Comments (5) + TrackBacks (0) | Category: Business and Markets


1. drug_hunter on March 10, 2009 7:47 AM writes...

J&J has some time. 30 days from change of control, which of course hasn't happened yet.

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2. FormerMolecModeler on March 10, 2009 8:41 AM writes...

Ooh, contract law. Looks like there may be some issues of good faith. Maybe J&J will allege fraud or misrepresentation as well!

Litigators, start your engines! I can only imagine the amount of money billed for discovery on this baby (assuming legal action ensues).

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3. drug_hunter on March 10, 2009 11:16 AM writes...

Does this pass the sniff test?

"The deal is structured as a reverse merger in which the surviving parent company is the existing Schering-Plough corporate entity, which will be renamed Merck," said Merck general counsel Bruce Kuhlik in a conference call on Monday morning. "And under the expressed terms of the distribution agreement, this change of control provision focuses on whether there has been a change in the surviving public company. It doesn't refer to stock ownership or anything of the sort. As you know, that does appear in other change-of- control provisions. It's not in this one, and that is why we are confident in our belief that we will not trigger a loss of rights."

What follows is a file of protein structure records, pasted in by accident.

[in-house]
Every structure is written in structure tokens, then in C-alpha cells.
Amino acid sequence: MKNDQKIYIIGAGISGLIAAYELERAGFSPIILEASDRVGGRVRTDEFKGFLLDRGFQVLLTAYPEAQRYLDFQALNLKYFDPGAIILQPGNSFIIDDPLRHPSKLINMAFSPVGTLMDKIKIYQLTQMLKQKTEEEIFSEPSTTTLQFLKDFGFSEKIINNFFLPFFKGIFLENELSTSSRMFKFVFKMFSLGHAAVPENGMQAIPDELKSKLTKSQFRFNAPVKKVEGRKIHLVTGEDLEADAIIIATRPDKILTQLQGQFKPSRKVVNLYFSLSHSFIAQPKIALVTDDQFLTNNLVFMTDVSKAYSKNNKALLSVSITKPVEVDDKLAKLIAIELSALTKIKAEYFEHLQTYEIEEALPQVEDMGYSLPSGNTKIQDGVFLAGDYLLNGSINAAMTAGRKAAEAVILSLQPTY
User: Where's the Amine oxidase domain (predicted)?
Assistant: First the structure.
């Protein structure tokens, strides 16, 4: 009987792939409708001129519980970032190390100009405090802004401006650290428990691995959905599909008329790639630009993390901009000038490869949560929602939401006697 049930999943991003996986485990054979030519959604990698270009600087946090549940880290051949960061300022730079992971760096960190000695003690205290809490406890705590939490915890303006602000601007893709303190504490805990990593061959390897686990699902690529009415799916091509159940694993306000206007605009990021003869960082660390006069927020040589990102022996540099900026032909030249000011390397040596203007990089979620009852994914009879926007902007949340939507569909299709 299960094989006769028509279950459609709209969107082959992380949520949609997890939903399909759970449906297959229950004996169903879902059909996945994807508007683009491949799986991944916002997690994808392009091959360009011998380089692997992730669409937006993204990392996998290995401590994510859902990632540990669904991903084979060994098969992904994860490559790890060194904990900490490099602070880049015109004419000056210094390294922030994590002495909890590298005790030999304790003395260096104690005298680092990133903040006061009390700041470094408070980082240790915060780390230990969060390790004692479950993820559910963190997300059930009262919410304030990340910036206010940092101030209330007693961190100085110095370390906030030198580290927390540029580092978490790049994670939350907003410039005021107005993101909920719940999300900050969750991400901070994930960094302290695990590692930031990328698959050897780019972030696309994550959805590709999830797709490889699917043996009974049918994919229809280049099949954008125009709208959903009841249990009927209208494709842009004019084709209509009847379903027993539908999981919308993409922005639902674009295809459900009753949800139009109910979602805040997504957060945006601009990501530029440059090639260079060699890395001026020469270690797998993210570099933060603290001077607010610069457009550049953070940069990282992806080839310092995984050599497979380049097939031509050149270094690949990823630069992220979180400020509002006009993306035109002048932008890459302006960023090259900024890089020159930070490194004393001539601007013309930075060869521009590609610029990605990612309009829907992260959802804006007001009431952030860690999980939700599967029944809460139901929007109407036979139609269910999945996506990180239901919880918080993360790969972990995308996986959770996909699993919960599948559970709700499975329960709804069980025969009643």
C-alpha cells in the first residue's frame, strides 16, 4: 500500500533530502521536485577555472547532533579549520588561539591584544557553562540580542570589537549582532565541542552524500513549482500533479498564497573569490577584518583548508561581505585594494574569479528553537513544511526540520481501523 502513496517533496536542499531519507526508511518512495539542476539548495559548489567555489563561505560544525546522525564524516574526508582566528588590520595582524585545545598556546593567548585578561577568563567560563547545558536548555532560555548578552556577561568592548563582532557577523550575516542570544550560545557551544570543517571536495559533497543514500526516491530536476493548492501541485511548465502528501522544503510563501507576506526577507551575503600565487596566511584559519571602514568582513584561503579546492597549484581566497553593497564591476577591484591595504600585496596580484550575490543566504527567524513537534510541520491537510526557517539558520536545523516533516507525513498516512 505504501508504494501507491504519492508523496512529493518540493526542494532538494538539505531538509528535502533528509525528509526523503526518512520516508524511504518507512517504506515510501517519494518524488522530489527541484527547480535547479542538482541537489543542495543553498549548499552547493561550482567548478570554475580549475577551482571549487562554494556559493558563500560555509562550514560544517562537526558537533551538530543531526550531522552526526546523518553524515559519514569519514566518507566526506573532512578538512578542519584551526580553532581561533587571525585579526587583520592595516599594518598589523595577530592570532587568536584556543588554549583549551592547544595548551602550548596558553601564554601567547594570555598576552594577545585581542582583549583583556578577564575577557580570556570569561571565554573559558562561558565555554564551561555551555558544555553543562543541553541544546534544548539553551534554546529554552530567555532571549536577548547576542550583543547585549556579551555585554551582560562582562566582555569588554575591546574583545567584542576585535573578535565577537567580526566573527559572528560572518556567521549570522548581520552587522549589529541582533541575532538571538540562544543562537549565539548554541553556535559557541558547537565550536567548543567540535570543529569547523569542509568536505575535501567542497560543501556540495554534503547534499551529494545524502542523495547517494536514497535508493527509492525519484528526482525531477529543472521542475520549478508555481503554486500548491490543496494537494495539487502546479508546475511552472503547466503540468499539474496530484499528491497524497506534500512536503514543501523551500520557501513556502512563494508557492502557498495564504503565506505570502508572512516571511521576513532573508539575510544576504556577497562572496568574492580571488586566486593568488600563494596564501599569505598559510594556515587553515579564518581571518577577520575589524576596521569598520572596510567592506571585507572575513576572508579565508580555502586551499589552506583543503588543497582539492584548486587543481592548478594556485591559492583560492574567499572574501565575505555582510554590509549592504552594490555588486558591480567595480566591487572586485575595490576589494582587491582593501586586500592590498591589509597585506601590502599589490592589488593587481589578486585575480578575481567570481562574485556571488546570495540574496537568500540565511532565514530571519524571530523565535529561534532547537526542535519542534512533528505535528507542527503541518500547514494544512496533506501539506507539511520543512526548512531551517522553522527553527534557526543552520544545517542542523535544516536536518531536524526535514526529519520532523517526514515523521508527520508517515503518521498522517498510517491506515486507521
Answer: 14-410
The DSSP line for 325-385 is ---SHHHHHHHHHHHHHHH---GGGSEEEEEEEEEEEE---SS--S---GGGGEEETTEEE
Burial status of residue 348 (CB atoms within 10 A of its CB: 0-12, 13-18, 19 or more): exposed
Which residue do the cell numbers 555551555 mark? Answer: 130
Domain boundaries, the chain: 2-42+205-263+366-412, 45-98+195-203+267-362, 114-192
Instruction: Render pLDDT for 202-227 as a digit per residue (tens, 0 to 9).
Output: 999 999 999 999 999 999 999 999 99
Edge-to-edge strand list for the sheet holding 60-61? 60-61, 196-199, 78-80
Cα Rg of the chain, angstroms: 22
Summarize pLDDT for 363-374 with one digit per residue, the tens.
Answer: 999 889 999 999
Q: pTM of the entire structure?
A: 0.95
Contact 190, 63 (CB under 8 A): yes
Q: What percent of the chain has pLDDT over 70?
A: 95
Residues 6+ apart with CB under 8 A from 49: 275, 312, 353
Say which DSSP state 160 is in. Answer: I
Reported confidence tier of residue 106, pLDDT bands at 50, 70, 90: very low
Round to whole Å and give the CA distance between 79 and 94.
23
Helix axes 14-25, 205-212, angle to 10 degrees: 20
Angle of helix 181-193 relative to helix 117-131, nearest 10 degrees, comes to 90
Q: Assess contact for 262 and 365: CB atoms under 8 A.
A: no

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4. Hap on March 10, 2009 12:15 PM writes...

1) I know that these are lawyers but doesn't the phrase "securities" (as specified late in the sentence) include stock? Has he even bothered to read the agreement, particularly since the subsequent phrase (as quoted above) appears to refer precisely to fraction of stock ownership?

2) The above (#3) sounds like murdering someone and then changing your name to theirs and claiming a murder was never committed (well, the named person is still alive, isn't he? the other person just disappeared - I didn't kill him...). Do you have a designated disposable lawyer for making claims like that in front of a judge, or do you just wear a spit screen and hope that your client contract covers any penalties associated with making his arguments?

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5. Alaina Alamo on August 18, 2012 9:47 AM writes...

Thanks for this excellent article. One other thing is that almost all digital cameras come equipped with the zoom lens that enables more or less of that scene being included by 'zooming' in and out. All these changes in the aim length are usually reflected while in the viewfinder and on large display screen right on the back of any camera.